To be sure, there have been some success stories; Maryland Live! is operating at a roughly $600 million annual run rate in terms of revenue. That casino alone would add roughly 1.6 percent of total US commercial gaming revenue to the overall total. And yet, there remains little, if any growth, in overall gaming revenues. According to the AGA, commercial gaming revenues rose 4.8 percent in 2012, not far above the 2.2 percent growth seen in the overall economy. Stripping out gains from new operators in Kansas, New York, Maryland, and Maine, US commercial gaming grew at a rate slower than the admittedly sluggish US economy, meaning that either gambling’s attractiveness has been limited or that new markets have eliminated incremental revenues from players who had, in the past, traveled to multi-casino cities such as St. Louis, Tunica, or Biloxi.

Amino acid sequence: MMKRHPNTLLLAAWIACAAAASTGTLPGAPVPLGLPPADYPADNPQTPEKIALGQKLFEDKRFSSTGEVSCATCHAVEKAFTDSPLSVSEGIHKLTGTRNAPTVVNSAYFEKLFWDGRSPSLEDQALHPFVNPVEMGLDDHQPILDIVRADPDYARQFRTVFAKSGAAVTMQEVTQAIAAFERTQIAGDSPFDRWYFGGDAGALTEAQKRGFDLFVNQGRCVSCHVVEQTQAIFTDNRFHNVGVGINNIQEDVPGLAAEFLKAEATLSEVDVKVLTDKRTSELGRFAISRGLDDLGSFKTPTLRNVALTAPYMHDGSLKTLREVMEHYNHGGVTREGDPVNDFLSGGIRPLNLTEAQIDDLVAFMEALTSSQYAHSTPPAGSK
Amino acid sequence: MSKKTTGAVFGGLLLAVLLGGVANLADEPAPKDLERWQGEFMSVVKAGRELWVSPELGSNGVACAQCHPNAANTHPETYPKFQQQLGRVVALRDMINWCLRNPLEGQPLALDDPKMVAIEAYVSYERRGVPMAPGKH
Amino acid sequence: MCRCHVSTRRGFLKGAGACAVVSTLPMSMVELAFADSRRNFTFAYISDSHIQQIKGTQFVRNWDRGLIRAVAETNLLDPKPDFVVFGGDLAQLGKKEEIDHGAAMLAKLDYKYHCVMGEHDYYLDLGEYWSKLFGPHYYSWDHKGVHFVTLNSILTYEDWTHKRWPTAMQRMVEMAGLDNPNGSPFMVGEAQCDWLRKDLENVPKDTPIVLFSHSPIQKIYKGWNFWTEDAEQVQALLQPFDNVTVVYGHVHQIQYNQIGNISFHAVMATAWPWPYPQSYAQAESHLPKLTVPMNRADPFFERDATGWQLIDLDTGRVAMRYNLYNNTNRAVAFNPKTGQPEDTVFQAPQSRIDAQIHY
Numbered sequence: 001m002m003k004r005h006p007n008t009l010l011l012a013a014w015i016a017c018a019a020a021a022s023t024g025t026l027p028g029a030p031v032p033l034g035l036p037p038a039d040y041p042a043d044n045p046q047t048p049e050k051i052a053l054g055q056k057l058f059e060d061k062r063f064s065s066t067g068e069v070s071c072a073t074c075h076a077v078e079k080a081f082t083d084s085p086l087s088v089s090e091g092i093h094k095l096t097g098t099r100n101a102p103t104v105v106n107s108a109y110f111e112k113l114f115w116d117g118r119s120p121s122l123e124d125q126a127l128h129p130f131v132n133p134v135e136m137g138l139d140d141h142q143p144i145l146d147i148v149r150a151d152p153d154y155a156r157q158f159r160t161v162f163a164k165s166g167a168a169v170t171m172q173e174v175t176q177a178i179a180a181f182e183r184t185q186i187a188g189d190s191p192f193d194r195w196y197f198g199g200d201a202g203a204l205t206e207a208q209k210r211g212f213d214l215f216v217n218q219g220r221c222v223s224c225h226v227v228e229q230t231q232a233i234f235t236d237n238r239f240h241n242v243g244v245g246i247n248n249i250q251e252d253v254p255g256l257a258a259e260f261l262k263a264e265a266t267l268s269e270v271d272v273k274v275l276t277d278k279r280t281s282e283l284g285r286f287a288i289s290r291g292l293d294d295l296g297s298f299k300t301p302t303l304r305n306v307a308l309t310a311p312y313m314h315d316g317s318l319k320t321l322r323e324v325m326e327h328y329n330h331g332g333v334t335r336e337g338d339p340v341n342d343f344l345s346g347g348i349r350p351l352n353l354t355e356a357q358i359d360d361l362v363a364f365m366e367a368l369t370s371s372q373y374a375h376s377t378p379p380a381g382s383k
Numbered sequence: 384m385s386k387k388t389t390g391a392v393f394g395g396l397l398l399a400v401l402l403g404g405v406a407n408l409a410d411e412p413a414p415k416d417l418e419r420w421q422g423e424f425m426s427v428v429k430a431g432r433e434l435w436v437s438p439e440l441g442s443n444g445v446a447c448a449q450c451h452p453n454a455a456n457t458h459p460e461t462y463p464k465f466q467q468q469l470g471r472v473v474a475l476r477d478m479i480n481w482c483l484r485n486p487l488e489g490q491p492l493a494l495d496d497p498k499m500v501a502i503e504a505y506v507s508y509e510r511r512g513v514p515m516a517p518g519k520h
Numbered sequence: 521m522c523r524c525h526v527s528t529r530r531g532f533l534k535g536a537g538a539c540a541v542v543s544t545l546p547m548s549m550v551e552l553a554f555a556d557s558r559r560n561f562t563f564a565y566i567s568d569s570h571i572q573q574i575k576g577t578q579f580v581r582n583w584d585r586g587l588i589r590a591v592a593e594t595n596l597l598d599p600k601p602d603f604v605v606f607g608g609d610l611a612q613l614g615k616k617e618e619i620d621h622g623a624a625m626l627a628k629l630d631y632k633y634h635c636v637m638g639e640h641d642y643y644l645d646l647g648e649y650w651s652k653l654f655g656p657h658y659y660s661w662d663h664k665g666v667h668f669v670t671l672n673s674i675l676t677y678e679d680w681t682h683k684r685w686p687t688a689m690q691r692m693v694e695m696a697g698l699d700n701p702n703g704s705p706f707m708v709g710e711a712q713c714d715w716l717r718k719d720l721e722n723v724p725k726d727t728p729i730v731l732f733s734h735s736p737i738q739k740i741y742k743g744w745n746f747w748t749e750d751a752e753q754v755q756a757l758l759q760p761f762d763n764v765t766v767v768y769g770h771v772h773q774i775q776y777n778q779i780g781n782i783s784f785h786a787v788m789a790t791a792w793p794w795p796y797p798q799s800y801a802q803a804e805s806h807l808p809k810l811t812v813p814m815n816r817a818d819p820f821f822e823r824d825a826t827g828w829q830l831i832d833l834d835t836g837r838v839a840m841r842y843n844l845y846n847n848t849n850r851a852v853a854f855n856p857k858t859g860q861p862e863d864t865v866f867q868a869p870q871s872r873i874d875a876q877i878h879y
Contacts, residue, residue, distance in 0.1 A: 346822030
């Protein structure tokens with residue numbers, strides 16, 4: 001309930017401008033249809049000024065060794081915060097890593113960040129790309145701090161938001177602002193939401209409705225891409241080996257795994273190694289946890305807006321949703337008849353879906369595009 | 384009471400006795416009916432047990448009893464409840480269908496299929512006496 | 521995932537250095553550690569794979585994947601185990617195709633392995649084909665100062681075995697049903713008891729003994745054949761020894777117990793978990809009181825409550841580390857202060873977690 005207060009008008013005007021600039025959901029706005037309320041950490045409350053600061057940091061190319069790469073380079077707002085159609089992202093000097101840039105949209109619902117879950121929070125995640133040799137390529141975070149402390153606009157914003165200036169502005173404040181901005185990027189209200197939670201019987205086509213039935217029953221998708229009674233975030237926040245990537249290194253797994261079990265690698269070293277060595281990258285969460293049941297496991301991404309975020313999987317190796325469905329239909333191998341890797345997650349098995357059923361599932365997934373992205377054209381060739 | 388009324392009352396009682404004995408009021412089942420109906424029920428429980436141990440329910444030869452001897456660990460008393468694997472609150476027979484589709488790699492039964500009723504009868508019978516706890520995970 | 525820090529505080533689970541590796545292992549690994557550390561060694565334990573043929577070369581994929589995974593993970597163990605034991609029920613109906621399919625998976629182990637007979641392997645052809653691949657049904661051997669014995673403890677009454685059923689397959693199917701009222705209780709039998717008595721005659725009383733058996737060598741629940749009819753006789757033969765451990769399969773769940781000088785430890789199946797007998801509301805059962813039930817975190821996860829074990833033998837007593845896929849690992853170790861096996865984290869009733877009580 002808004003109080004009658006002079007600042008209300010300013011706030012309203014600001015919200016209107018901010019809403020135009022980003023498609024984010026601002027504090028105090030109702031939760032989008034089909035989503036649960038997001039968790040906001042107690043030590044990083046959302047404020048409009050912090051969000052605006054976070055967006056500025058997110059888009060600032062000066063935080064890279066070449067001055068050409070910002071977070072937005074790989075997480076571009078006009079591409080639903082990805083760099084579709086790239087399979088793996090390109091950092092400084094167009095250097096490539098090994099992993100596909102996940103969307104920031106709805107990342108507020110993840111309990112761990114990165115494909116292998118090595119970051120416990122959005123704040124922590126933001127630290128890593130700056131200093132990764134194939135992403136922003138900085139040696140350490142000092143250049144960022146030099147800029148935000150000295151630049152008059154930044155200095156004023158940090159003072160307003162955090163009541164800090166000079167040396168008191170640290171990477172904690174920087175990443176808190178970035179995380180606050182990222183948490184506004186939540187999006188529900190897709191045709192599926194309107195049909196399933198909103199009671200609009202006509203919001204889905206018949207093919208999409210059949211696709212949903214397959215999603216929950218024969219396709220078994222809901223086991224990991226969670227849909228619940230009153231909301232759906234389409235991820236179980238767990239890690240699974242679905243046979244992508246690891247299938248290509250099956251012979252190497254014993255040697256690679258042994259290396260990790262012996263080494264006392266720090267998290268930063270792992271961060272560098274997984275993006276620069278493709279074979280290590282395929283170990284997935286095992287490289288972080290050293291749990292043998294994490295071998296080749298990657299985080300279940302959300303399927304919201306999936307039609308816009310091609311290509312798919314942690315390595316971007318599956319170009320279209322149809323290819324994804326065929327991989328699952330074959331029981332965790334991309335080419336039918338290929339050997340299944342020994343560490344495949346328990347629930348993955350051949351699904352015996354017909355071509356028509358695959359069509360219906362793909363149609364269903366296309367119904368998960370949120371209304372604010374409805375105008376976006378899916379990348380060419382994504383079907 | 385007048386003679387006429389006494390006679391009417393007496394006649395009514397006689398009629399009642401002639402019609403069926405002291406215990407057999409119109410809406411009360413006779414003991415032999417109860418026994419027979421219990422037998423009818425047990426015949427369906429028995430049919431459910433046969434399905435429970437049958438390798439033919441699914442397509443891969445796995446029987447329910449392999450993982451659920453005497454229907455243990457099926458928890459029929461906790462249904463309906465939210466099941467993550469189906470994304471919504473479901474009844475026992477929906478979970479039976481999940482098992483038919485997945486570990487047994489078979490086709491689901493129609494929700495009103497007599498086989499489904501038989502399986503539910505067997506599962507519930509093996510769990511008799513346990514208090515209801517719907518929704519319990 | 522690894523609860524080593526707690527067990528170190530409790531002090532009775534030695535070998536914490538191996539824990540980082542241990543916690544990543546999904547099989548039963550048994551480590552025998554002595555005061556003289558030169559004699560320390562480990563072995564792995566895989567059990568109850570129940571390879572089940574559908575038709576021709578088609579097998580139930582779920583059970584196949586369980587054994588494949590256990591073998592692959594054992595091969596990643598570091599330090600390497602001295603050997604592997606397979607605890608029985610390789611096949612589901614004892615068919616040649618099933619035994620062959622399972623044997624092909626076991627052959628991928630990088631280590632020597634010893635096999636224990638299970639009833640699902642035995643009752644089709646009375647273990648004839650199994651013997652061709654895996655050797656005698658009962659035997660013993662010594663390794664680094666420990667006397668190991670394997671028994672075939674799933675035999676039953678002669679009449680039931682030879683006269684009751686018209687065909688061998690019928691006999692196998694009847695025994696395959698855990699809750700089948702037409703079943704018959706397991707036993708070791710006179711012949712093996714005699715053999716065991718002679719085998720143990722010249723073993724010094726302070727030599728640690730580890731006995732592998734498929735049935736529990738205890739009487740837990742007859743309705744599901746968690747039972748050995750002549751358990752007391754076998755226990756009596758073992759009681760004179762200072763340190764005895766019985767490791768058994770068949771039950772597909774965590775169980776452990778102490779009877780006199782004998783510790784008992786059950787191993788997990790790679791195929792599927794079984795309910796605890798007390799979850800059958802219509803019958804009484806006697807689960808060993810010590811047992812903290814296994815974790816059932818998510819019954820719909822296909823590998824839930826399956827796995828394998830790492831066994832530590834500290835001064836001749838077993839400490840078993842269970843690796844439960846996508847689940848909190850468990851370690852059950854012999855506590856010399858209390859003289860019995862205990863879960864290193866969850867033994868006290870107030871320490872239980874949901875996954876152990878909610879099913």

At last month’s Global Gaming Expo, Deutsche Bank analyst Andrew Zarnett asked a provocative question. Given the stagnant growth in the US commercial market – even when accounting for the expansion into new markets – he asked, “Why are gambling companies still looking for billion-dollar projects?” Likely referring to the proposed developments in Massachusetts and for the sixth casino license in Maryland, Zarnett argued that “nobody can remember what happened in 2007,” when massive developments, primarily on the Las Vegas Strip, created modest returns at best and wound up unfinished at worst.